Most SMMEs do not know who the funders are, what the different types of finance are, or which of these fit their funding need, and what the qualifying criteria are. They waste a lot of time and effort approaching the wrong funders, applying for funding products that do not match their needs, or for funding they do not qualify for.
5. Low human capital and lack of skills are a barrier to accessing finance
For many start-up and early-stage businesses, raising the skills levels necessary to secure funding is a barrier to accessing finance.
6. Finance readiness is a challenge for SMMEs
Many SMMEs who are eligible for funding (i.e. have viable business models, match available finance products, and have the necessary security) are still unable to secure the finance they need, due to their lack of finance readiness i.e. they are unable to produce the financial documentation required by funders to assess bankability and affordability, in order to approve their funding applications. These documents include up-to-date management accounts, latest financial statements, budgets, forecasts and tax clearance certificates, amongst others.
7. New credit scoring and risk assessment models are needed
Two of the key (traditional) instruments used by funders to assess SMME lending risk, namely credit records and collateral, represent a major hindrance to SMMEs securing funding. Alternate/innovative credit scoring models that are designed specifically for this target market need to be developed. These would enable more accurate assessment of the risks in this market.
8. Data gaps
Although this survey provided a lot of insight into the issue at hand, there are a number of questions that still remain unanswered.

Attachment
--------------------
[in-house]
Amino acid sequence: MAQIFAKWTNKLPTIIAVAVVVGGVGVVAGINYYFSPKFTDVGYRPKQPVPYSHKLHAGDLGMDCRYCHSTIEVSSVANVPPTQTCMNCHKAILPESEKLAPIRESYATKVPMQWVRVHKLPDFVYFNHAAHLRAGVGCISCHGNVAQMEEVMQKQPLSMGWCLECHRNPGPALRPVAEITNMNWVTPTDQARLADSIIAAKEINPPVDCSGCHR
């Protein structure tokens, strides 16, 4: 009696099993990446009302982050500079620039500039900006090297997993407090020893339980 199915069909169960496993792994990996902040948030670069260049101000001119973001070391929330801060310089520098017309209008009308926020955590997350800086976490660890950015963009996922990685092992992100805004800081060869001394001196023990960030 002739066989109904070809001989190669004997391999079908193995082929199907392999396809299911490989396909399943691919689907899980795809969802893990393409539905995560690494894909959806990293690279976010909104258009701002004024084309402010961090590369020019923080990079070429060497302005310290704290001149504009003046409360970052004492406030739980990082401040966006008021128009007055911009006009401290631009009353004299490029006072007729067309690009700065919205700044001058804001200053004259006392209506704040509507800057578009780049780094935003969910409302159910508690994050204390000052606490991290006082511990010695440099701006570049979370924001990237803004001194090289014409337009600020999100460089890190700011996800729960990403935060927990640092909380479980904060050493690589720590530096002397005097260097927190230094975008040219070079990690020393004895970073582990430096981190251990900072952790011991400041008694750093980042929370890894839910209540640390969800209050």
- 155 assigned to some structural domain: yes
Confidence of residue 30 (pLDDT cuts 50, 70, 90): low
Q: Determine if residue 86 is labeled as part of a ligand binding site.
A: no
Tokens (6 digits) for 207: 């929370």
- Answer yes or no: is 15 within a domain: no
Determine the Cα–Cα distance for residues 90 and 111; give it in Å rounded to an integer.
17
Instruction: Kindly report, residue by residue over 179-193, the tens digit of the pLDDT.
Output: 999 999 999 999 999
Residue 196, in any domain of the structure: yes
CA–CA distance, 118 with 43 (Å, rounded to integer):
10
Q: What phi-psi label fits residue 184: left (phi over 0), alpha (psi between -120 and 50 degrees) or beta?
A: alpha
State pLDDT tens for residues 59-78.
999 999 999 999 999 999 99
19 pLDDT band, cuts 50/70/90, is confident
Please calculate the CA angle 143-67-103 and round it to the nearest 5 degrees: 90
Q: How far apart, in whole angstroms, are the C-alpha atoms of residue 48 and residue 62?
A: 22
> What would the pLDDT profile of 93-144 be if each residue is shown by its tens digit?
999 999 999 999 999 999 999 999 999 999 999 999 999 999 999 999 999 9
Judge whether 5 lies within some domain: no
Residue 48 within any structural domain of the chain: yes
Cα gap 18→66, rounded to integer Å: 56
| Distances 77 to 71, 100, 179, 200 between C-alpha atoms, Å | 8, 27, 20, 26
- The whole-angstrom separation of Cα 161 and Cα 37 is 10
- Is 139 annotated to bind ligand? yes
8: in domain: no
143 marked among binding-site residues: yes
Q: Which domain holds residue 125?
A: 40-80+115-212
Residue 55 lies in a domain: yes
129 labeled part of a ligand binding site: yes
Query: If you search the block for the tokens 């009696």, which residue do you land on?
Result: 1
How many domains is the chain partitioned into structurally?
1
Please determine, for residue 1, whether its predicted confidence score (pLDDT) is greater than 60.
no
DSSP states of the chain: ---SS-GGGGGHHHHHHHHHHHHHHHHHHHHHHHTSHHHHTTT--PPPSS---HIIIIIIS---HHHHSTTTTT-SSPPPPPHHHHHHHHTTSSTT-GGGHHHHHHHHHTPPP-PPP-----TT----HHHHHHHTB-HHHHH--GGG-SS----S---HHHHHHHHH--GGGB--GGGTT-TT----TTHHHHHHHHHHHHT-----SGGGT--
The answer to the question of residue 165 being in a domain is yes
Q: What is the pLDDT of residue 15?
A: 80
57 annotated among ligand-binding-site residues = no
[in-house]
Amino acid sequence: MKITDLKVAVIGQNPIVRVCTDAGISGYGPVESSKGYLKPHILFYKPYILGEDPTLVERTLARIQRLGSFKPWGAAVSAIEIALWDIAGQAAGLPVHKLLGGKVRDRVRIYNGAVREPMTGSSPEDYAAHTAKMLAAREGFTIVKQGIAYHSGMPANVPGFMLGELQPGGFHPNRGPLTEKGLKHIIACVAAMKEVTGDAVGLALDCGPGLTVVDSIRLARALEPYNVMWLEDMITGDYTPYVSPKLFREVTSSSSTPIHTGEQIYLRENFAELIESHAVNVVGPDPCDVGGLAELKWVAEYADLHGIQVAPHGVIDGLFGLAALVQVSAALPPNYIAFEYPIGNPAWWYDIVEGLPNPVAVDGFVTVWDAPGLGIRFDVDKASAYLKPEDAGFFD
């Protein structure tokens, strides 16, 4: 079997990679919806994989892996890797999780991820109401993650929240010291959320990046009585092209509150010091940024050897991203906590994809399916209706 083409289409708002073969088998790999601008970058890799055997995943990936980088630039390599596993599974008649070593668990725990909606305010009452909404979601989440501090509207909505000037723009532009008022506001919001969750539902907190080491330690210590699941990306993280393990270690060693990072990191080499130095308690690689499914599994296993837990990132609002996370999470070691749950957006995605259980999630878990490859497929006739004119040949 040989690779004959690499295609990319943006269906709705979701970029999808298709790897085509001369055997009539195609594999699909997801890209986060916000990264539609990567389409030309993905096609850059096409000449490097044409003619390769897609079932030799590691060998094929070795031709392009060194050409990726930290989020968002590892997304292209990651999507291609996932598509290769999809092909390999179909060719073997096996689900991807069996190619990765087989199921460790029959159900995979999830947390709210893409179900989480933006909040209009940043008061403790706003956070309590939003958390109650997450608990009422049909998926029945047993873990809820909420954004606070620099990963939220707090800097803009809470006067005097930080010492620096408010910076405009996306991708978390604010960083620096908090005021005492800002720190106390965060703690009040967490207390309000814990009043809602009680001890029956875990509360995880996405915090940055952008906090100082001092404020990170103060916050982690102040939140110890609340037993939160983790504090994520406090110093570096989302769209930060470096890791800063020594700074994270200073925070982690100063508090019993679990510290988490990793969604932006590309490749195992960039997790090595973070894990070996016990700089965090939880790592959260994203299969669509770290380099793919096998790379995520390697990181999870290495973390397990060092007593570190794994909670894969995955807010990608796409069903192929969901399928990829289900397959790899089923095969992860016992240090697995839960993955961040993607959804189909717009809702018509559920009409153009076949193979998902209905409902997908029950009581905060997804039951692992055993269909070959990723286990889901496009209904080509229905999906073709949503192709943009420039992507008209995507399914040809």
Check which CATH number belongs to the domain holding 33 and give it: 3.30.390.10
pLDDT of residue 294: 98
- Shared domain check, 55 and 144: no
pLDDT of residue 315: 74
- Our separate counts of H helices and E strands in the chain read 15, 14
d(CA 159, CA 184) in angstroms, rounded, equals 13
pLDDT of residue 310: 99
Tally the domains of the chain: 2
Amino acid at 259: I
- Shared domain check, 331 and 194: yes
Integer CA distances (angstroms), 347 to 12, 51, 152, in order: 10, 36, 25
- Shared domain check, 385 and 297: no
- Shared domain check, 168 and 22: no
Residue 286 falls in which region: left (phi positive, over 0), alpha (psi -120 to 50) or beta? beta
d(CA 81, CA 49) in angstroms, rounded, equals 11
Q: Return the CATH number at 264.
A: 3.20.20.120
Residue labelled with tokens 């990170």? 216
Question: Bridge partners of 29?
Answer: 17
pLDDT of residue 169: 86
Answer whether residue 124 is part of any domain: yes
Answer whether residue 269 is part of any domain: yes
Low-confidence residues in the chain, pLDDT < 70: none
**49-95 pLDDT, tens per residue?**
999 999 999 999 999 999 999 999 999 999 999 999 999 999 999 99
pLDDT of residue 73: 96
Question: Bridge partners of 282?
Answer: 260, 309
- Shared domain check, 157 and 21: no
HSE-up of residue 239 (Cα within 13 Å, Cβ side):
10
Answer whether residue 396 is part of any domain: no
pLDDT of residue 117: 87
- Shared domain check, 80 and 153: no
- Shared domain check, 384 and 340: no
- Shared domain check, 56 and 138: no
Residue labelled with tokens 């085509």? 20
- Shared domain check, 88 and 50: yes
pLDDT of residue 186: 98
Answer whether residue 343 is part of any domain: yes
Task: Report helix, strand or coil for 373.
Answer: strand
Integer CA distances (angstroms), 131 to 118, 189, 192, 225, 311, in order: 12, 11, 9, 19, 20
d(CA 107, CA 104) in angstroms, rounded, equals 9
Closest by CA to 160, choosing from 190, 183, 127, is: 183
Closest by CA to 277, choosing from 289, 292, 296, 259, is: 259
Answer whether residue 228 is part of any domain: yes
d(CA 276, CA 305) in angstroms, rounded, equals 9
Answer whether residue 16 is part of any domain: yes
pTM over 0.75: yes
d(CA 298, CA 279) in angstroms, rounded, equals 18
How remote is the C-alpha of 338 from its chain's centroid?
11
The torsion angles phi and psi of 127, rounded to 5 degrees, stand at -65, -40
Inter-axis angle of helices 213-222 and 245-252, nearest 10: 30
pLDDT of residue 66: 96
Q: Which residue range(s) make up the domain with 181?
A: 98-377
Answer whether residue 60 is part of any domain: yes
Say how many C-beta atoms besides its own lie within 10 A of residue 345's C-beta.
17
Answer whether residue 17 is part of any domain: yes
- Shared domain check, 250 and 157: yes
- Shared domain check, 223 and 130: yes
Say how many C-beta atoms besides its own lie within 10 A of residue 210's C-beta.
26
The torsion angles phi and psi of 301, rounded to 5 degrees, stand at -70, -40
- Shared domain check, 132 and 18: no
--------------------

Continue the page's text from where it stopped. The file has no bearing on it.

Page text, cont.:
The Growth of Investment Readiness Programmes Globally
As many global studies have revealed, there is often a mismatch between what funders are looking for and the SMME investment opportunities they are presented with. For instance, according to one OECD / European Commission discussion paper, “Investors are frustrated by the low quality of the investment opportunities that they see and so are unable to invest as frequently or as much as they would like.”
This general scenario led to the establishment of numerous Investment Readiness programmes in countries such as Australia and the UK. These programmes complement supply-side efforts that address access to finance for small businesses, with demand-side interventions to enhance the quality of deal flow. According to a World Bank Group study, “lack of investment readiness compromises the effectiveness of supply-side interventions such as the creation of public-private seed or VC funds.”
Investment Readiness programmes have been employed in countries such as the UK for many years. Ukwanda has for an example studied Investment Readiness projects that were being piloted in the UK as far back as 2002.